Recently I spoke to Gadi Amit, the founder and principal designer at New Deal Design, which designed the Fitbit and Whistle and, most recently, did the industrial design for Project Ara. He noted that, of the three different endo(skeletons), the one that’s getting a lot of attention is the mini size.
“Every time we showed the mini Endo, everyone gravitated toward it,” Amit said. “Obviously what I am saying is not scientific, but among the dozens and now hundreds of people who experienced it firsthand the smaller size looks very interesting.”
In just over a month, Office for iPad has picked up another 15 million downloads of its applications. Microsoft reported 12 million downloads in early April, and 27 million today.
What I’d like to see are more than just downloads but actual engagement metrics: are people using it solely for existing documents? Are they actually creating spreadsheets/decks etc. from scratch?
There’s a lot of talk about how mobile is dead and no longer interesting for startups. Investors are already looking towards the blockchain as the next revolutionary technology. The platform wars have been declared over. Turn out the lights, the party’s over, mobile has no more room to run.
I’m not convinced.
If you read one technology book this quarter, it should be The Second Machine Age by MIT’s Eric Brynjolfsson and Andrew McAfee. It covers the exponential growth of the last 20 years worth of technology benchmarked against previous eras of innovation going back to the Industrial Age.
One of the more interesting chapters covers two competing theories of innovation. The first theory states that innovation is essentially low-hanging fruit that’s discovered in the metaphorical forest of ideas, that’s “picked” once and benefits everyone right away but becomes less useful as it gets depleted. In other words, a rapidly depreciating asset.
The second theory is that of recombination or recombinant growth. In this context, the value of innovation is in re-combining old ideas with new technological solutions. In other words, progress isn’t a resource with a finite supply capable of running out: as each development becomes a building block for further innovation, progress continues to accumulate exponentially.
Of course this isn’t a brand new concept. Kirby Ferguson’s “Everything is a Remix” video series that went viral a few years ago chronicles the remixes and adaptations inherent in popular culture, be it music, movies and even technology, using (surprise surprise) the iPhone as its canonical example. Now think of the recombinant innovation that’s taken place in mobile: Waze. Instagram. Maps and photos weren’t new concepts. What was different was the hardware that made it possible to leverage network effects to facilitate the kind of rapid growth that resulted in billion dollar businesses and subsequently, billion dollar acquisitions.
So what does all of this have to do with mobile’s perceived maturation? Simple. Just because the mobile ecosystem may be maturing doesn’t mean there isn’t a long cycle still to play out in mobile innovation. While the hardware question seems to have been settled, there are plenty of immediate questions that have yet to be solved:
How will work get done on the small screen? I’m using an external keyboard to type this out on an iPad but am going to need to move this first to IA Writer on desktop, and then into WordPress’s desktop version. Why? The formatting I can’t do on the iPad version of IA Writer (e.g. incorporating external links), the posting options that don’t appear on the iPad WordPress app, the copying and pasting that requires infinitely more effort on a tablet than it does on a desktop or laptop etc. How will this shake out in a few years? Will work change? Ben Evans and Steven Sinofsky of A16Z recently did a great podcast on the subject, advancing the (somewhat paradoxical) theory that work habits will ultimately change to fit the device rather than the other way around.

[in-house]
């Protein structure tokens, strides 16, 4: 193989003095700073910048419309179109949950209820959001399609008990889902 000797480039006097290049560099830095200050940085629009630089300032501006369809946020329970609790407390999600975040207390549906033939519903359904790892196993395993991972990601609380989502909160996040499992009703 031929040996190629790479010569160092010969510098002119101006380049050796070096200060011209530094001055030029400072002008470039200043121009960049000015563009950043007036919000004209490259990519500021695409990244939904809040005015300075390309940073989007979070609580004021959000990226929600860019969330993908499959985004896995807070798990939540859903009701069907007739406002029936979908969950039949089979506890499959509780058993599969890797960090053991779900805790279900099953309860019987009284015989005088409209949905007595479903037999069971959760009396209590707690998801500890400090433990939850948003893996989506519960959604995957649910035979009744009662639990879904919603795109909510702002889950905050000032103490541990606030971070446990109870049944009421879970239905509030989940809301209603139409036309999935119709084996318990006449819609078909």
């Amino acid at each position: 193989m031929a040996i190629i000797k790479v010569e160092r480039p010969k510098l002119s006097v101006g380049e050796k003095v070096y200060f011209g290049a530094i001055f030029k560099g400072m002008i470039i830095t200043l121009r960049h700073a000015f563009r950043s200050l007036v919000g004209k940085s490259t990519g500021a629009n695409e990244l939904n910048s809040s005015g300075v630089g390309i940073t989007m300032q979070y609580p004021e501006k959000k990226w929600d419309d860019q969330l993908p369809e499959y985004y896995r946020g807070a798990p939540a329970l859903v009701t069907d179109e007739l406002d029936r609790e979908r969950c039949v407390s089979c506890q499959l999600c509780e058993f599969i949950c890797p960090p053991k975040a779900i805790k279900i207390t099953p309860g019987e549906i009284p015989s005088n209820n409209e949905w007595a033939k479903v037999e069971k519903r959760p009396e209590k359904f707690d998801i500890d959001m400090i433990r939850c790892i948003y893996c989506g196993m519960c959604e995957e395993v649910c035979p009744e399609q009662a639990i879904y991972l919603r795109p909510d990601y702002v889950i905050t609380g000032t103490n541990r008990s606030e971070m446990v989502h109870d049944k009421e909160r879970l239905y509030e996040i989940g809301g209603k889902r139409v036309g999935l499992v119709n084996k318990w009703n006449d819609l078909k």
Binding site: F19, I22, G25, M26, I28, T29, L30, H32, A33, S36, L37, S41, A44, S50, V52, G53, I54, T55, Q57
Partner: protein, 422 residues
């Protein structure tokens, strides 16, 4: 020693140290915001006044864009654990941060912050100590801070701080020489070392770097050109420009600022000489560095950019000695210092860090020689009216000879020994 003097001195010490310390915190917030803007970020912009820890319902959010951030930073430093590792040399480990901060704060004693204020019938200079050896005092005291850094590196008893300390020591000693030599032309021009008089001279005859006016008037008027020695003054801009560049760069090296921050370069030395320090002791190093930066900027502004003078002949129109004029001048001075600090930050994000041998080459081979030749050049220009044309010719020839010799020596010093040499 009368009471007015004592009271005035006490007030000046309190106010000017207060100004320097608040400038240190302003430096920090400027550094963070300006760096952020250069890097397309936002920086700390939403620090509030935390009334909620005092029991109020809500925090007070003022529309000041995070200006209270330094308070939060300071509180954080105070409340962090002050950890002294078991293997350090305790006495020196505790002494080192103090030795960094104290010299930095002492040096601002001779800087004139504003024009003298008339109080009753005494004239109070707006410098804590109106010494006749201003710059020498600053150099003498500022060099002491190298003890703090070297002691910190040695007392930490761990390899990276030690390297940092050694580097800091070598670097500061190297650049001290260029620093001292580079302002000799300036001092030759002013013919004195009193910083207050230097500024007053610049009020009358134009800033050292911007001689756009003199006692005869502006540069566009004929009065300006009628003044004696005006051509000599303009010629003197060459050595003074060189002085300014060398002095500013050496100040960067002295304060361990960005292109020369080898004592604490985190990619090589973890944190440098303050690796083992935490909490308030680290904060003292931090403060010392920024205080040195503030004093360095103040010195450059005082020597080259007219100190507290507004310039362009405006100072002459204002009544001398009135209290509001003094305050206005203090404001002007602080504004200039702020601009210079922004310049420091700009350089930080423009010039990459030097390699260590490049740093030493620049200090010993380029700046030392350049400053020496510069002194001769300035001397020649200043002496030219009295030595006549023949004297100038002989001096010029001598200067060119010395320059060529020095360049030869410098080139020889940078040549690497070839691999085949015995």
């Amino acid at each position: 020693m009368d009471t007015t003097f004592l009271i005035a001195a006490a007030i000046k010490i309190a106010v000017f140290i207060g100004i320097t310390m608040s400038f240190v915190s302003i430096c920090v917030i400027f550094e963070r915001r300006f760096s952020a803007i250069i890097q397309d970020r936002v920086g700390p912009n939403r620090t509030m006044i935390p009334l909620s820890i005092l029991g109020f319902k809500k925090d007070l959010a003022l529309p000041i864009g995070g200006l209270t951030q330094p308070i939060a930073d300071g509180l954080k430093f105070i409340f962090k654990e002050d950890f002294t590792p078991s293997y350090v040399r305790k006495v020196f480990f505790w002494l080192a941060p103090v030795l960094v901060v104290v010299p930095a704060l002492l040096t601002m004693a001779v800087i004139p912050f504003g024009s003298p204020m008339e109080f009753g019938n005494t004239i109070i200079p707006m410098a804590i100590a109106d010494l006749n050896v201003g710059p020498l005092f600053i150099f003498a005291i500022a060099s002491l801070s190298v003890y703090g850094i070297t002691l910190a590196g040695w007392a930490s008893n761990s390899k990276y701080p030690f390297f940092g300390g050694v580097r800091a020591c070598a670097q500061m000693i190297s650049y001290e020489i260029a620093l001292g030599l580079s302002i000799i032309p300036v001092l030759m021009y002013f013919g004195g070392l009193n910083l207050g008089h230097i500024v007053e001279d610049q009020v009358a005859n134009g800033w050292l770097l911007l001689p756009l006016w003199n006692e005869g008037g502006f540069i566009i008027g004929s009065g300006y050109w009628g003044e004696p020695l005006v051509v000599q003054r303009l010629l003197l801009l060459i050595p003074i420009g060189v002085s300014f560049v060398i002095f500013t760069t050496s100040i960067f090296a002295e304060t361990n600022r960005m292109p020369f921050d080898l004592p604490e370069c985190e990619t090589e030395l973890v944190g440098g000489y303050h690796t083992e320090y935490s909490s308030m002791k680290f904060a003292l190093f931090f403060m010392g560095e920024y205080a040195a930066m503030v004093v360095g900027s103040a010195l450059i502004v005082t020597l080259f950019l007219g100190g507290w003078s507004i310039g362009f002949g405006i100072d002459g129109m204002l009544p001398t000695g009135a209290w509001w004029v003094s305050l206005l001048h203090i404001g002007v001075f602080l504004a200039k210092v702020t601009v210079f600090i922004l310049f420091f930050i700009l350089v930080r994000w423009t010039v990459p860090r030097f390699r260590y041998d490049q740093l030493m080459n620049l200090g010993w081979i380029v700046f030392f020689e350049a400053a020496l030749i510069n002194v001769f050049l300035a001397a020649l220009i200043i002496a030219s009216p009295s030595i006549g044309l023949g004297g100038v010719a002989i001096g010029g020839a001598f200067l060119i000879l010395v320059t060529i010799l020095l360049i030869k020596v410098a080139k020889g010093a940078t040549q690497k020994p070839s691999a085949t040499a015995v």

–Will the relationship between apps and the mobile web become more seamless? Apps aren’t going away. I think that much is clear. What isn’t clear is how the closed ecosystem of the app world and the open web will communicate. Can we bridge the two in a more meaningful way? Can we find ways of sharing content between the digital divide? Facebook’s attempting to do this with the AppLinks open standards project but there’s still a long way to go before the idea takes traction amid Apple and Android’s collective landscapes.
–Where do tablets fit in the overall mobile landscape? Are they an extension of the smartphone? A different beast entirely? Will there be a glut of tablet-specific apps at some point? And what are people using tablets for anyway? So many of these things still have yet to play out.
–How will the smartphone revolution ultimately impact developing nations? Particularly those whose first computers and first experiences with the Internet are smartphones? These are people who have skipped past the PC age completely and are already utilizing things like mobile payments in ways that people in the Western world have yet to embrace. What new use cases will come outside of Silicon Valley (and indeed Western culture) once smartphone penetration reaches a sizable figure in those countries?
We’re in the beginning stages of a very long cycle that has a lot of time left to play out. While there’s no denying there are better, greater technologies ahead, it would probably behoove us all to take a step back and let that take place before abandoning it in the wake of the next shiny new thing.
The New Republic’s Noam Schieber:
It’s this habituation that’s the key. Humans are prisoners of inertia. The places where mobile payments seem to be taking off are places where the credit-card swiping habit never truly formed—like parts of Africa and South America—or places like Russia, where it was sufficiently unsatisfactory (think long lines) as to make consumers open to forming new habits. Even people like Rosenblum, who recognize the theoretical improvement mobile payments represent, apparently won’t form a new habit unless they deem the old one to be a serious drag.